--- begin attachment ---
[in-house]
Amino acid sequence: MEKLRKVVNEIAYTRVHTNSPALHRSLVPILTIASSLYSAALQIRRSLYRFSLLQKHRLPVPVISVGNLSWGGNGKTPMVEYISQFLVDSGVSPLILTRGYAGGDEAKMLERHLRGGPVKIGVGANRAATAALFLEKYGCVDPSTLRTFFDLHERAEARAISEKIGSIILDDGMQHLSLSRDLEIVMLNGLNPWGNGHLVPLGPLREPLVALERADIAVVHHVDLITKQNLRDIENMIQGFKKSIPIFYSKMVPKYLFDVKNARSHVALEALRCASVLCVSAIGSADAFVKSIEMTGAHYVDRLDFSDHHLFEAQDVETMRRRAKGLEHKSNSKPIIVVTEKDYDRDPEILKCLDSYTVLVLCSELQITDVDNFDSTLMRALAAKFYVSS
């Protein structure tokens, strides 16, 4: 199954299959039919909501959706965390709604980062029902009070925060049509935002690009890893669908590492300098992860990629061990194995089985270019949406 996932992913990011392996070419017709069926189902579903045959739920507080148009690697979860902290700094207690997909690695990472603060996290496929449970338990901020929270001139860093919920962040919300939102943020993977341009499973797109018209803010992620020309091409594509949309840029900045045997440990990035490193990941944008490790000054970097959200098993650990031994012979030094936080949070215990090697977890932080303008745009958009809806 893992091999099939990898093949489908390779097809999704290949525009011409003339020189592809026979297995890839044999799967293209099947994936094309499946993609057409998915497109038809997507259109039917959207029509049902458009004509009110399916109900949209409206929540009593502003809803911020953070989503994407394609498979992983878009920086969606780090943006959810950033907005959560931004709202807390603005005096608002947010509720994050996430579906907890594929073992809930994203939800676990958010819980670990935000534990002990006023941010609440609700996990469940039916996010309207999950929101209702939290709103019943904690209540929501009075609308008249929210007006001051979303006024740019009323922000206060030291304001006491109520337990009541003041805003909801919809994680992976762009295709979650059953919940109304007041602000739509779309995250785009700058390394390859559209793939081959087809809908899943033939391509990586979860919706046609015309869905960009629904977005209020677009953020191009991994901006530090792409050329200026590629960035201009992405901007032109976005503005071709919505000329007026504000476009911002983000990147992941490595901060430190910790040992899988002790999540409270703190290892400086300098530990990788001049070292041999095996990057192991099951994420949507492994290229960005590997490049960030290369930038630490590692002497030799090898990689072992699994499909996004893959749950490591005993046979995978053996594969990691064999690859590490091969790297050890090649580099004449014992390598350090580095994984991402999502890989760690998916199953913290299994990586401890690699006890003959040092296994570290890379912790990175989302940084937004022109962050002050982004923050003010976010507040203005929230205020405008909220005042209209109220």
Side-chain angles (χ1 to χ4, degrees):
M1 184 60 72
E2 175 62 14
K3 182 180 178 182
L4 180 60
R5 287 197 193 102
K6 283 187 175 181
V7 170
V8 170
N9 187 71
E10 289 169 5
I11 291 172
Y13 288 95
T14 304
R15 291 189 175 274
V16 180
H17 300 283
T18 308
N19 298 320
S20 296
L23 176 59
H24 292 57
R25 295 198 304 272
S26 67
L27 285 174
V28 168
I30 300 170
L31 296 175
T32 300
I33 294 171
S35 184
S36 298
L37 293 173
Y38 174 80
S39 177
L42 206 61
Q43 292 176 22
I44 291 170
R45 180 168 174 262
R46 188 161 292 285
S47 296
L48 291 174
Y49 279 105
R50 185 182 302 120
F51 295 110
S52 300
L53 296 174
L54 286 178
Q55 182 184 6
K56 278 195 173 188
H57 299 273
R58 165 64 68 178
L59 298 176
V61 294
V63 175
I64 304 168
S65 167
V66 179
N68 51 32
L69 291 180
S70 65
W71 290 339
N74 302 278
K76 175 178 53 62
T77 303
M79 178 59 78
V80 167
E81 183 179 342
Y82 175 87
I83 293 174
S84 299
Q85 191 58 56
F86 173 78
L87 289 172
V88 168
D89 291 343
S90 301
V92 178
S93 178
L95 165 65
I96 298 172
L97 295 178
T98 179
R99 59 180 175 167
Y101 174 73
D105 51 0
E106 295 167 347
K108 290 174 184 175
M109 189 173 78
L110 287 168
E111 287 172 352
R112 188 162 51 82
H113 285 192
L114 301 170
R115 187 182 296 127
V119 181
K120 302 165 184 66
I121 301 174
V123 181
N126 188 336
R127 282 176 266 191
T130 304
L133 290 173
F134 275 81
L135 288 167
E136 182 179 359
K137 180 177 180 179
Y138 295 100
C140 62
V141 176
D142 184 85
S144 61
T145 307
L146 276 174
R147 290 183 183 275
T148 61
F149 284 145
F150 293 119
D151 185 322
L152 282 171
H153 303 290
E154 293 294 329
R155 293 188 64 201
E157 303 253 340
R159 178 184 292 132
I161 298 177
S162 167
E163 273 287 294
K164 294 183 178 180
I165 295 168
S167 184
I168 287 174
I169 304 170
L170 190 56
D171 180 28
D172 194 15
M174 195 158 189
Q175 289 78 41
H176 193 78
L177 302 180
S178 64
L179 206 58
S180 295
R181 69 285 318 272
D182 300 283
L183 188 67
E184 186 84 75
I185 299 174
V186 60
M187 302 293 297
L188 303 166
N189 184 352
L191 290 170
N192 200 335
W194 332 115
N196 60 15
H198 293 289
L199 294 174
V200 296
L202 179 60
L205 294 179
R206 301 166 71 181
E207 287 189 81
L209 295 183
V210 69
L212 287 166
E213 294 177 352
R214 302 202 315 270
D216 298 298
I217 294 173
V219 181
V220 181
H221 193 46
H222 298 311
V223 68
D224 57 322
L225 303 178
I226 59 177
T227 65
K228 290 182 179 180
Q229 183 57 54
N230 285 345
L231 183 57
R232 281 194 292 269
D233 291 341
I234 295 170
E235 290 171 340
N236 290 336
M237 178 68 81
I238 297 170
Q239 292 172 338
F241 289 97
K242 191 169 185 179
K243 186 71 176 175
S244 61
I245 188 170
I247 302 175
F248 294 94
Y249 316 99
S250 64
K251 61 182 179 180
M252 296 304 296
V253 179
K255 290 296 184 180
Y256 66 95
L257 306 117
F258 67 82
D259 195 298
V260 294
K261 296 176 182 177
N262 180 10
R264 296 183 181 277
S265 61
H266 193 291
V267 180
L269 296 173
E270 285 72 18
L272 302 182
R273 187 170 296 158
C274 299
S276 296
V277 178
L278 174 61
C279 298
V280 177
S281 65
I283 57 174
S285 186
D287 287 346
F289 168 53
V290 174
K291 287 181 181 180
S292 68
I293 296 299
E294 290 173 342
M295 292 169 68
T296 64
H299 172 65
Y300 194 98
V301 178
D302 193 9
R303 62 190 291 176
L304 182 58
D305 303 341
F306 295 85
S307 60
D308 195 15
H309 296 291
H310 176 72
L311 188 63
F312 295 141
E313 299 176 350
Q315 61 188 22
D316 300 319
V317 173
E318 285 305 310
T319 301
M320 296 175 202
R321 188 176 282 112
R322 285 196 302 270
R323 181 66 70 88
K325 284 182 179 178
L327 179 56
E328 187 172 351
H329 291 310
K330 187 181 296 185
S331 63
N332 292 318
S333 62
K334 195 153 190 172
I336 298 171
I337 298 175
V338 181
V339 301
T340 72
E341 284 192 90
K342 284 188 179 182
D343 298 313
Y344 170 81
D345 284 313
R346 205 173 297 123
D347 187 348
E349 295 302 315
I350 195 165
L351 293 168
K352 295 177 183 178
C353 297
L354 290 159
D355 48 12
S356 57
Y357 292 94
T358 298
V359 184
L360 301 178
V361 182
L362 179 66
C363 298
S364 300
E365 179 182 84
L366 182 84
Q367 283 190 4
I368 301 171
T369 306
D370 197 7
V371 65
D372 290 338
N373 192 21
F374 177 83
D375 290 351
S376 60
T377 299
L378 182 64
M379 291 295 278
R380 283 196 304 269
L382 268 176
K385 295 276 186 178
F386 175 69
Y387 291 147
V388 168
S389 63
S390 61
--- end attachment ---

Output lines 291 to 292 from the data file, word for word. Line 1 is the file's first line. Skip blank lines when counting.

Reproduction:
L354 290 159
D355 48 12